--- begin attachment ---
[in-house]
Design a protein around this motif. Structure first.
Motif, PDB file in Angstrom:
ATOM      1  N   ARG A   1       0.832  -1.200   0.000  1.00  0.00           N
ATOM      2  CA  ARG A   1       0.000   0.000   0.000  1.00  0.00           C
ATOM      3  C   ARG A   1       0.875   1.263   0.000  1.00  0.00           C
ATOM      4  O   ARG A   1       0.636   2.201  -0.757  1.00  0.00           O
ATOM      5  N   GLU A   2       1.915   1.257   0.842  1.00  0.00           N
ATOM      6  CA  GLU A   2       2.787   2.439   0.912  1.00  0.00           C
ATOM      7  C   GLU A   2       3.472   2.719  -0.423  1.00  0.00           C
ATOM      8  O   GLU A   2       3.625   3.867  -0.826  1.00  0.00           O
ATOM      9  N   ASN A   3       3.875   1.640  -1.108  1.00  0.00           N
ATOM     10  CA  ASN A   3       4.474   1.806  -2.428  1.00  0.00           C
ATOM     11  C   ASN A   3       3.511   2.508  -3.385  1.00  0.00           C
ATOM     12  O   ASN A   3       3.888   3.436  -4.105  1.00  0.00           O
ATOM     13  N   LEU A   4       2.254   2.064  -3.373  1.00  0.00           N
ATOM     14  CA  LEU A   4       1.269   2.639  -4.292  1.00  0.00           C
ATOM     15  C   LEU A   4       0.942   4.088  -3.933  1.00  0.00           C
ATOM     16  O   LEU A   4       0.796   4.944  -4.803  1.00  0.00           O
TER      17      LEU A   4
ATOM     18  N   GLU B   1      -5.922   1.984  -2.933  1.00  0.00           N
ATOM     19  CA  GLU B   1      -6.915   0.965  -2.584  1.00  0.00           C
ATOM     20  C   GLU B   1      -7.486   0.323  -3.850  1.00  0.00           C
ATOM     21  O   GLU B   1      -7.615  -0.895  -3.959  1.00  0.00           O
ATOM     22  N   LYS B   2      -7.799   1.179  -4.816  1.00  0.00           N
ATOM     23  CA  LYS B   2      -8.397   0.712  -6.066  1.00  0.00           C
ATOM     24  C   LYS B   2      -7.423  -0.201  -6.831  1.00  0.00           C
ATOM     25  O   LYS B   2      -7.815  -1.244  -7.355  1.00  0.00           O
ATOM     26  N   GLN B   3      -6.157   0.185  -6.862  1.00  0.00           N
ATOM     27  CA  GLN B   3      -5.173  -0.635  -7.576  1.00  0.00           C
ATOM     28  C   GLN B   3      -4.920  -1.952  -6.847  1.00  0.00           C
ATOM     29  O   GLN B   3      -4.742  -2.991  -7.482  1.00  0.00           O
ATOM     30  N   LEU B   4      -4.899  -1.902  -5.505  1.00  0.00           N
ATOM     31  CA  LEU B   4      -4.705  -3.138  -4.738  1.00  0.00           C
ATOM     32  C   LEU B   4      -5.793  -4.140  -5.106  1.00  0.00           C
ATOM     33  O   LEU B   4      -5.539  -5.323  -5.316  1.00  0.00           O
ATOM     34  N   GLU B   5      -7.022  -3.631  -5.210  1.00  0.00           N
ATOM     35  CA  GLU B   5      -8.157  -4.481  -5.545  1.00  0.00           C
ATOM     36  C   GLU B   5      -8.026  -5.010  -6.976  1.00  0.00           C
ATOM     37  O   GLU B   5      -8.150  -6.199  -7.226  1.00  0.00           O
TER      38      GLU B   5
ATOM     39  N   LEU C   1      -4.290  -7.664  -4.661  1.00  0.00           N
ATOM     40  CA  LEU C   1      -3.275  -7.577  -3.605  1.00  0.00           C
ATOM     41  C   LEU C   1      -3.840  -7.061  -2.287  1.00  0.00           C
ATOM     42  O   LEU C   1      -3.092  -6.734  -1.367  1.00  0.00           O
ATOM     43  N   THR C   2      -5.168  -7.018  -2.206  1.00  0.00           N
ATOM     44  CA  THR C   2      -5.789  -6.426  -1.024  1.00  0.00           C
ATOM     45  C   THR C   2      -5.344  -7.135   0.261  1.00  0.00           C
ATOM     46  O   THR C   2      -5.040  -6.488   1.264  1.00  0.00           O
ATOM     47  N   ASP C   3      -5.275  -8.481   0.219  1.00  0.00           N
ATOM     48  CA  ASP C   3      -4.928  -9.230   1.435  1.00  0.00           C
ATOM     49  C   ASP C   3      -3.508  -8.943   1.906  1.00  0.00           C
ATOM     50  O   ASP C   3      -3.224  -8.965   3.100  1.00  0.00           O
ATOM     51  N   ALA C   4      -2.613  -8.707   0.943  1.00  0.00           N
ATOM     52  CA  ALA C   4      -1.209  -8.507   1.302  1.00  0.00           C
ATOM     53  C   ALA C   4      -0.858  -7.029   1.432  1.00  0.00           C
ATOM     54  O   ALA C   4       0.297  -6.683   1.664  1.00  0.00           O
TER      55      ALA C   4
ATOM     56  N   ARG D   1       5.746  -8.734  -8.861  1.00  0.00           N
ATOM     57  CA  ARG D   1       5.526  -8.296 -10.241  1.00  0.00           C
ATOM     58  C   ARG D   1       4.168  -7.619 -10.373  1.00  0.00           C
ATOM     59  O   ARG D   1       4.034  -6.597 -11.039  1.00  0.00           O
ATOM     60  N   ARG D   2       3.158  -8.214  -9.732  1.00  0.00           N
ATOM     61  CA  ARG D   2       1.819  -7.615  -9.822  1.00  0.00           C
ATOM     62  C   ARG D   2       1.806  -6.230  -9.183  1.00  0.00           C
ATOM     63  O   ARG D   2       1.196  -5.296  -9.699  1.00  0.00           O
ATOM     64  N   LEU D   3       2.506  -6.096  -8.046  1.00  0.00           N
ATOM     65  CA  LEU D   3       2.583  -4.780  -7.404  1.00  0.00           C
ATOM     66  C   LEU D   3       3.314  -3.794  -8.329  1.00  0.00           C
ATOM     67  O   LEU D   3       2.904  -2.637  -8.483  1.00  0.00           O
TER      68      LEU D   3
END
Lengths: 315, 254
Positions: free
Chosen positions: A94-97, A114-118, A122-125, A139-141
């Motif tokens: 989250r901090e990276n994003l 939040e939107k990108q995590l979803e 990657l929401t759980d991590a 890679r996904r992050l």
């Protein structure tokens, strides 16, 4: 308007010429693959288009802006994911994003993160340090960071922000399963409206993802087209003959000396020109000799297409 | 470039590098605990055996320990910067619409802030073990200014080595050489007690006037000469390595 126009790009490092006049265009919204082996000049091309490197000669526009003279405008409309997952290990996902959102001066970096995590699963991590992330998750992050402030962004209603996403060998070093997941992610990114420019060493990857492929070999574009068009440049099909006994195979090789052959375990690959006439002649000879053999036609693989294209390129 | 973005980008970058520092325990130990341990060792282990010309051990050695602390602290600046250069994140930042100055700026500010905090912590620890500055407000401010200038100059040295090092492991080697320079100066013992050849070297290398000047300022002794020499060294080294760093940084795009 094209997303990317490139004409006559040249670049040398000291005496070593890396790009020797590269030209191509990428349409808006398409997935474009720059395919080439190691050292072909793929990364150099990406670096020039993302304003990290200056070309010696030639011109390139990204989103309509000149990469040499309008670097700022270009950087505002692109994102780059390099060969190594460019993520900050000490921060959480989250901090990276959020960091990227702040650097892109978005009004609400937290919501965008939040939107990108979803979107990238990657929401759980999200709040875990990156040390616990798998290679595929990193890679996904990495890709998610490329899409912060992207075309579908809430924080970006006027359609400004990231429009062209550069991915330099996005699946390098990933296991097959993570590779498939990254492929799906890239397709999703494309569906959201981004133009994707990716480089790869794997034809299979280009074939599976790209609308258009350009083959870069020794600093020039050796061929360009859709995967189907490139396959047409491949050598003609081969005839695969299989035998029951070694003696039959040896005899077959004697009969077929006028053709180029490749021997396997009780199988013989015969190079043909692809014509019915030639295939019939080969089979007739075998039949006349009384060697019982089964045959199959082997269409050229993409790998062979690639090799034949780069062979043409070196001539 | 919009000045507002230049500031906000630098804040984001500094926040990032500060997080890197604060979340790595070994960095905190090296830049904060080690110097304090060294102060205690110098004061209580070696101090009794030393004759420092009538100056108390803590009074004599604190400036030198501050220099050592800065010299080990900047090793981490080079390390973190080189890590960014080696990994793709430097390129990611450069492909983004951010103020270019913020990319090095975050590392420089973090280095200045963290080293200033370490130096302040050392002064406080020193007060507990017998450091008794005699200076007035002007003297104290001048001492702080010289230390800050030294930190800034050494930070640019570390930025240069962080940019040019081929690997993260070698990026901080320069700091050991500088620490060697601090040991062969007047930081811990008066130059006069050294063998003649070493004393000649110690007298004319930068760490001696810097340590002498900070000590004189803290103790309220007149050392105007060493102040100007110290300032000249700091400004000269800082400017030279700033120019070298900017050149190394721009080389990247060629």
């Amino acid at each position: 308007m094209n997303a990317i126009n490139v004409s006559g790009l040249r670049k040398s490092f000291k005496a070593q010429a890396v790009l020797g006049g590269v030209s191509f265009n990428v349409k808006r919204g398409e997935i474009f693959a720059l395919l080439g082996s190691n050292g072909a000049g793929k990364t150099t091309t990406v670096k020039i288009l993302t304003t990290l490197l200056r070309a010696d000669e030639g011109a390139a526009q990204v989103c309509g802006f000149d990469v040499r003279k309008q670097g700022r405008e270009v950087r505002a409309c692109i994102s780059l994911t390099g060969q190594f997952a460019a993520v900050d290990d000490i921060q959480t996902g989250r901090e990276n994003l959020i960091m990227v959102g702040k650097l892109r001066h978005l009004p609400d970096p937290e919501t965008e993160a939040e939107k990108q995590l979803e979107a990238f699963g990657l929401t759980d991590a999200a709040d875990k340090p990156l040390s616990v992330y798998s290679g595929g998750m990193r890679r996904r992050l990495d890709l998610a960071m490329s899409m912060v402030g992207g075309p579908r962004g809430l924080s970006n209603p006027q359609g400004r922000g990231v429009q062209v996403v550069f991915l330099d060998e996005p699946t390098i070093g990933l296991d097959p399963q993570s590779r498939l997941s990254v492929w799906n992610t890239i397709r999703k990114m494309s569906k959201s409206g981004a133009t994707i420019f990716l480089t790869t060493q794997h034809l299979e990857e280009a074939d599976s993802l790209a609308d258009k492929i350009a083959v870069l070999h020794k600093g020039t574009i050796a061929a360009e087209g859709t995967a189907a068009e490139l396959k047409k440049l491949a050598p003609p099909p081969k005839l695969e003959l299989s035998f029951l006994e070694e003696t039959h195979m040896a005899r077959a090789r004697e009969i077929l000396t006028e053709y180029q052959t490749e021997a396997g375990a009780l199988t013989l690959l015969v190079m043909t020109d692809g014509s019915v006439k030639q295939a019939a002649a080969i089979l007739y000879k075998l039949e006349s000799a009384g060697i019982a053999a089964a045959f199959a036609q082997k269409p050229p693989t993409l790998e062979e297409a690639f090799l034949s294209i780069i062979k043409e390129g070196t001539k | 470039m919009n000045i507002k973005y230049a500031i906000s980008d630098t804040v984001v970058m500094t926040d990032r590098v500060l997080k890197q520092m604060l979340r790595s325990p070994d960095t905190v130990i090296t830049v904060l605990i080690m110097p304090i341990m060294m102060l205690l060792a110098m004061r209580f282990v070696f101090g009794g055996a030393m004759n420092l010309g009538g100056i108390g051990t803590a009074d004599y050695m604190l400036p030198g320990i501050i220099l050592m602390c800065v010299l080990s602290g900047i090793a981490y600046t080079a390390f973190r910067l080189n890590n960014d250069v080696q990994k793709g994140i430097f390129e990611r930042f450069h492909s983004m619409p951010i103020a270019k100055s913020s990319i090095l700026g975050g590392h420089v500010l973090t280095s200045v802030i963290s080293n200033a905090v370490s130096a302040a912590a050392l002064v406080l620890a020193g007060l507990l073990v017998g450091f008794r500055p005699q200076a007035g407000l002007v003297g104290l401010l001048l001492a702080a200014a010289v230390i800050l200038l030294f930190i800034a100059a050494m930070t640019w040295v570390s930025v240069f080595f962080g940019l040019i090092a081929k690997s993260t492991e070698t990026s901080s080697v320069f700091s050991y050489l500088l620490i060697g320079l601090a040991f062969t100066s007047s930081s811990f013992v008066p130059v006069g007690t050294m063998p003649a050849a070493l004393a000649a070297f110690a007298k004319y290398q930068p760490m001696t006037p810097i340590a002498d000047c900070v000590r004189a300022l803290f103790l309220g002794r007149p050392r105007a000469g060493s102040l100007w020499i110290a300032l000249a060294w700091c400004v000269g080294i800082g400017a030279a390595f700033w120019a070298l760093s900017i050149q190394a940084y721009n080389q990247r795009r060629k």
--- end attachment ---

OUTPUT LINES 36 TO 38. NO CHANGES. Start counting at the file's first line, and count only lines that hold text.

ATOM     33  O   LEU B   4      -5.539  -5.323  -5.316  1.00  0.00           O
ATOM     34  N   GLU B   5      -7.022  -3.631  -5.210  1.00  0.00           N
ATOM     35  CA  GLU B   5      -8.157  -4.481  -5.545  1.00  0.00           C